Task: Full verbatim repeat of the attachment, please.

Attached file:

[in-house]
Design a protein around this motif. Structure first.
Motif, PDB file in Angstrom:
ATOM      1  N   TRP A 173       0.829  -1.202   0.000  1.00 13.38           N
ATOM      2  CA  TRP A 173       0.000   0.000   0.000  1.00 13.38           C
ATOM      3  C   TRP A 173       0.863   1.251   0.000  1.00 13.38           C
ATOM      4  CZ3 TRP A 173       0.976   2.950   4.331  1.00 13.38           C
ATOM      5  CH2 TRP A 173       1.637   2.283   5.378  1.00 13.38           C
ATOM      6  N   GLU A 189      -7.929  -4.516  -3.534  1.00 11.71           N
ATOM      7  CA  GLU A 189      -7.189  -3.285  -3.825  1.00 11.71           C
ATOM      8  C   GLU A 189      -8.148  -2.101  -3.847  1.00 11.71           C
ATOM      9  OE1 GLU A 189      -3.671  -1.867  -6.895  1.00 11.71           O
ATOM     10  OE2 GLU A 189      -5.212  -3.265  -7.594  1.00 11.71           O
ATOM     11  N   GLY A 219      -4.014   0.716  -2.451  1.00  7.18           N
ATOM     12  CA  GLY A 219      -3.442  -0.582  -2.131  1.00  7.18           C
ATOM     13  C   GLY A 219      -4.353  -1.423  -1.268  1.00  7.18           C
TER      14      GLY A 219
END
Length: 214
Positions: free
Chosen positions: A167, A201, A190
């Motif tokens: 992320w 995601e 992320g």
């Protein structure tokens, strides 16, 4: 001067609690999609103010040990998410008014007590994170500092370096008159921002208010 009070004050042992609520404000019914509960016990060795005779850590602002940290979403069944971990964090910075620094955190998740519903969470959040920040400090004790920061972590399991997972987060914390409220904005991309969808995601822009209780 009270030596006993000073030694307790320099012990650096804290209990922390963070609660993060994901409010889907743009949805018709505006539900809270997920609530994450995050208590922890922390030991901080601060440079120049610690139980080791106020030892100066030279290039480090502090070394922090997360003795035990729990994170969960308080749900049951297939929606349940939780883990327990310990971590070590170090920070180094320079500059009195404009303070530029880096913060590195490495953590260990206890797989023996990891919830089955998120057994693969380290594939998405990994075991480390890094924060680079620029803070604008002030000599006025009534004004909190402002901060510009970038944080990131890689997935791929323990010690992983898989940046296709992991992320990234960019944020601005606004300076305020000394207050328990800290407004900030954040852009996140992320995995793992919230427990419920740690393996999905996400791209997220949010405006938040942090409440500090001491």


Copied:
[in-house]
Design a protein around this motif. Structure first.
Motif, PDB file in Angstrom:
ATOM      1  N   TRP A 173       0.829  -1.202   0.000  1.00 13.38           N
ATOM      2  CA  TRP A 173       0.000   0.000   0.000  1.00 13.38           C
ATOM      3  C   TRP A 173       0.863   1.251   0.000  1.00 13.38           C
ATOM      4  CZ3 TRP A 173       0.976   2.950   4.331  1.00 13.38           C
ATOM      5  CH2 TRP A 173       1.637   2.283   5.378  1.00 13.38           C
ATOM      6  N   GLU A 189      -7.929  -4.516  -3.534  1.00 11.71           N
ATOM      7  CA  GLU A 189      -7.189  -3.285  -3.825  1.00 11.71           C
ATOM      8  C   GLU A 189      -8.148  -2.101  -3.847  1.00 11.71           C
ATOM      9  OE1 GLU A 189      -3.671  -1.867  -6.895  1.00 11.71           O
ATOM     10  OE2 GLU A 189      -5.212  -3.265  -7.594  1.00 11.71           O
ATOM     11  N   GLY A 219      -4.014   0.716  -2.451  1.00  7.18           N
ATOM     12  CA  GLY A 219      -3.442  -0.582  -2.131  1.00  7.18           C
ATOM     13  C   GLY A 219      -4.353  -1.423  -1.268  1.00  7.18           C
TER      14      GLY A 219
END
Length: 214
Positions: free
Chosen positions: A167, A201, A190
């Motif tokens: 992320w 995601e 992320g």
């Protein structure tokens, strides 16, 4: 001067609690999609103010040990998410008014007590994170500092370096008159921002208010 009070004050042992609520404000019914509960016990060795005779850590602002940290979403069944971990964090910075620094955190998740519903969470959040920040400090004790920061972590399991997972987060914390409220904005991309969808995601822009209780 009270030596006993000073030694307790320099012990650096804290209990922390963070609660993060994901409010889907743009949805018709505006539900809270997920609530994450995050208590922890922390030991901080601060440079120049610690139980080791106020030892100066030279290039480090502090070394922090997360003795035990729990994170969960308080749900049951297939929606349940939780883990327990310990971590070590170090920070180094320079500059009195404009303070530029880096913060590195490495953590260990206890797989023996990891919830089955998120057994693969380290594939998405990994075991480390890094924060680079620029803070604008002030000599006025009534004004909190402002901060510009970038944080990131890689997935791929323990010690992983898989940046296709992991992320990234960019944020601005606004300076305020000394207050328990800290407004900030954040852009996140992320995995793992919230427990419920740690393996999905996400791209997220949010405006938040942090409440500090001491």